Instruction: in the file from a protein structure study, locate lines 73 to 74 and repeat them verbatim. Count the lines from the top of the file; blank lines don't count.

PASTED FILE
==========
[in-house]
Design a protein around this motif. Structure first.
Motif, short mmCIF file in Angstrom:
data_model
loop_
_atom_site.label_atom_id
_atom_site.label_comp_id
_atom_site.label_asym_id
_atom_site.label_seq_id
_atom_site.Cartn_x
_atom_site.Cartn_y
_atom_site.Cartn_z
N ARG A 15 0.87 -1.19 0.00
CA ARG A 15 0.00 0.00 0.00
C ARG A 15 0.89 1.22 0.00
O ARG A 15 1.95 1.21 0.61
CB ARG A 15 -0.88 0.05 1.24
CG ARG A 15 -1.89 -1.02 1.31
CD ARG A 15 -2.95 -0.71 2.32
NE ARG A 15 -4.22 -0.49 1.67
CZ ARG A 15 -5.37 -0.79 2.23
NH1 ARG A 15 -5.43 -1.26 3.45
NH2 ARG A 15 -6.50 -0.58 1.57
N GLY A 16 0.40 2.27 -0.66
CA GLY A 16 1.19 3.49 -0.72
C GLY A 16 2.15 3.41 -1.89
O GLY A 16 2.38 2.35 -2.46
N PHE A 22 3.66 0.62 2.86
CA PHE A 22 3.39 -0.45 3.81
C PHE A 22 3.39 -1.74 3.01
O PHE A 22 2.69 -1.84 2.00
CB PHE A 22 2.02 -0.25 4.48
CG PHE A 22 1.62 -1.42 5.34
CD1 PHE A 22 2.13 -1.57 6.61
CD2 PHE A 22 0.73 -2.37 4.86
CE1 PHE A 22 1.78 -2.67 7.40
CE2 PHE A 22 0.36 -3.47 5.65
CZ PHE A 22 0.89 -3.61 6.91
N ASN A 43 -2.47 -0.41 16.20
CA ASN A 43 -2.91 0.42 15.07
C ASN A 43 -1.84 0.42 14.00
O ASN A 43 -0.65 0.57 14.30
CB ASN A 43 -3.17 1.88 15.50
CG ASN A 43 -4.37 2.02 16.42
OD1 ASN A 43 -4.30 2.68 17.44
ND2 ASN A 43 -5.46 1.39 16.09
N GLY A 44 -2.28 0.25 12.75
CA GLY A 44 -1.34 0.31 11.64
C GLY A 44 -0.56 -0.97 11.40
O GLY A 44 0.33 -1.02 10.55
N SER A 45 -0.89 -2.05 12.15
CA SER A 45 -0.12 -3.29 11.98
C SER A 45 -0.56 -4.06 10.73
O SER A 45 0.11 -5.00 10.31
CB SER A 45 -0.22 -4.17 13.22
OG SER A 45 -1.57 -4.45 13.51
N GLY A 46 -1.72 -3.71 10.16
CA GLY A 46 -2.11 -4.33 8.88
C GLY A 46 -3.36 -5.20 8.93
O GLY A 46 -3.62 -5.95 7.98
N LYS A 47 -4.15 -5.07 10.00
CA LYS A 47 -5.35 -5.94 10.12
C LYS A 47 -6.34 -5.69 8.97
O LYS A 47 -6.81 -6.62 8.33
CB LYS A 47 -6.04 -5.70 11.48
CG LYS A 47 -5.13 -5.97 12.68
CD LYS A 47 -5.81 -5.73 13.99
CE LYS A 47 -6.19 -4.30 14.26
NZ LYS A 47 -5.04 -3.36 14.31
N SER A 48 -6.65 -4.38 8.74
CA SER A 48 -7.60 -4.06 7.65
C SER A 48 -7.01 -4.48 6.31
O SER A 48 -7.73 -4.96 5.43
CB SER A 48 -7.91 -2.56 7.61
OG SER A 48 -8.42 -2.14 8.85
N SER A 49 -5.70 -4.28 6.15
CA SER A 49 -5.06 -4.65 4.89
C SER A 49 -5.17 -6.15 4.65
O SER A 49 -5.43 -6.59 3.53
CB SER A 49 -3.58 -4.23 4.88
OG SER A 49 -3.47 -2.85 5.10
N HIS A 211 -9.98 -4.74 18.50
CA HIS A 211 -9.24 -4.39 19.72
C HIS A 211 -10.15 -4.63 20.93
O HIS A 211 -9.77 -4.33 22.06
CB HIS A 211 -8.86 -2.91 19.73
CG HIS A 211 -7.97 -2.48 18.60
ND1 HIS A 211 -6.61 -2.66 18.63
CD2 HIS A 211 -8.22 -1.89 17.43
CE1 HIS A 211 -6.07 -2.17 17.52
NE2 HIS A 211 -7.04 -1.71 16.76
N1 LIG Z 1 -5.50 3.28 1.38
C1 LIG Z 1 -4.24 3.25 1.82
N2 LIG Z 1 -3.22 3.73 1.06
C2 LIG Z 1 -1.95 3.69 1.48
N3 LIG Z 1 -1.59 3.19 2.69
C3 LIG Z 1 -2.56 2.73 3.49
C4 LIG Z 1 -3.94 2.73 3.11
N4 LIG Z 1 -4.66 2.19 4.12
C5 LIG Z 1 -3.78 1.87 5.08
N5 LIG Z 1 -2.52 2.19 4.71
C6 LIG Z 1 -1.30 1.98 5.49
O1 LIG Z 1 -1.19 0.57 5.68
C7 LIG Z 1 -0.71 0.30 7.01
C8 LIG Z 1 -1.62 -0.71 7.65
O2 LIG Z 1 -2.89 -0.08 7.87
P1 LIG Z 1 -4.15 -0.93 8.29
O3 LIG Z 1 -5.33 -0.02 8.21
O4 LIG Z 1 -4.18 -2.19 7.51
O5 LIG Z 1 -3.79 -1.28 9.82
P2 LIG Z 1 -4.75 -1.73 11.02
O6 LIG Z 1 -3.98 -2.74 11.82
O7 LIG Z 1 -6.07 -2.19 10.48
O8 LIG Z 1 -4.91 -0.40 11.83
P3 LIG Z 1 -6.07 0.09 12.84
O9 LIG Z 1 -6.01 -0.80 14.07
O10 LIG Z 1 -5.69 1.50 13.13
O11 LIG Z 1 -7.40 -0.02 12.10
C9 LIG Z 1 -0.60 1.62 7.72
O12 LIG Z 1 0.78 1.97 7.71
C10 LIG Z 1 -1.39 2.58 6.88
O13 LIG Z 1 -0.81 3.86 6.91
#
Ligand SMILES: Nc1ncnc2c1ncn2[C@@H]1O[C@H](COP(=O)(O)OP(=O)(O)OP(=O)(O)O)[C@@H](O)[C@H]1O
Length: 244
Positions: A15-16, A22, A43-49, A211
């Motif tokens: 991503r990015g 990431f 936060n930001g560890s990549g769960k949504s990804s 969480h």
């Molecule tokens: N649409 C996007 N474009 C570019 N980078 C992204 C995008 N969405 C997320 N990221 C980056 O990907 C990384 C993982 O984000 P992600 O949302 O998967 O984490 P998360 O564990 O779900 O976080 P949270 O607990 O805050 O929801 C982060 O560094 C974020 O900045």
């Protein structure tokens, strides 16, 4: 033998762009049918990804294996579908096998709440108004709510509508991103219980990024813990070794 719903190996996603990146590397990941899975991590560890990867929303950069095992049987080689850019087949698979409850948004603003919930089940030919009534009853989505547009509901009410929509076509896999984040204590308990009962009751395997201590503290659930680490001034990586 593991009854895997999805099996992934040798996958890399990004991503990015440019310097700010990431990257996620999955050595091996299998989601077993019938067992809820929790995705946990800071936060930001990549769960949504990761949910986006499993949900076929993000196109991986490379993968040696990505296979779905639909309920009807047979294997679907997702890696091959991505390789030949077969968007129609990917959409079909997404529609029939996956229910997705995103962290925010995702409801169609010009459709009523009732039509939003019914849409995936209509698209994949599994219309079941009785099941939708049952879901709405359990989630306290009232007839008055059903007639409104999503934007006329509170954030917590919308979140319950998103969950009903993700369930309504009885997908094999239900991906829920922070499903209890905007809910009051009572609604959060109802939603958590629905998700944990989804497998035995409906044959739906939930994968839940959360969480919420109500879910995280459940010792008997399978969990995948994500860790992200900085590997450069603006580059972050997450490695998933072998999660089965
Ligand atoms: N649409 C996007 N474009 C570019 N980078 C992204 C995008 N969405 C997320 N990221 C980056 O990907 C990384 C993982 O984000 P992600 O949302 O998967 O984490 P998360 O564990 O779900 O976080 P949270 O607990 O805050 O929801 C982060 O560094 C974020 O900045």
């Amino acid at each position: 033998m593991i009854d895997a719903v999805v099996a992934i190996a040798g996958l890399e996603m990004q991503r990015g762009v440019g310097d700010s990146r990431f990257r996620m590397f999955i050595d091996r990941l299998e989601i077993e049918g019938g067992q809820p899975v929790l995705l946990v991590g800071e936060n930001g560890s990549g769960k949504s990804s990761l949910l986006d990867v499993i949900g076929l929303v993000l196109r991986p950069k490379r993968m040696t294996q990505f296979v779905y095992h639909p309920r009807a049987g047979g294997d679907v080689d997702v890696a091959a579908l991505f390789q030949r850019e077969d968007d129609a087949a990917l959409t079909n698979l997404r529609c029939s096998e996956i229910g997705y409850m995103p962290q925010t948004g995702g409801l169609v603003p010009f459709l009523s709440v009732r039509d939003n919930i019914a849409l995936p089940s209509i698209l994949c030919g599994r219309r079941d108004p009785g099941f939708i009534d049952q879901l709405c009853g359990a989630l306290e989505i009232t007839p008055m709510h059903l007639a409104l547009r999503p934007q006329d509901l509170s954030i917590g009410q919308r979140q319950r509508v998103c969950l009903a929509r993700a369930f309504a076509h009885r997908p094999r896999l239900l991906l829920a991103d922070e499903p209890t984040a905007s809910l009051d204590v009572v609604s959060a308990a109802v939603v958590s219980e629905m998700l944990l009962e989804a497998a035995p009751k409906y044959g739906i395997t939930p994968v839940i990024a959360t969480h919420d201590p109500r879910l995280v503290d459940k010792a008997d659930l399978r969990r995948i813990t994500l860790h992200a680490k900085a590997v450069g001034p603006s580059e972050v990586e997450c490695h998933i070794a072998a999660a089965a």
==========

O SER A 48 -7.73 -4.96 5.43
CB SER A 48 -7.91 -2.56 7.61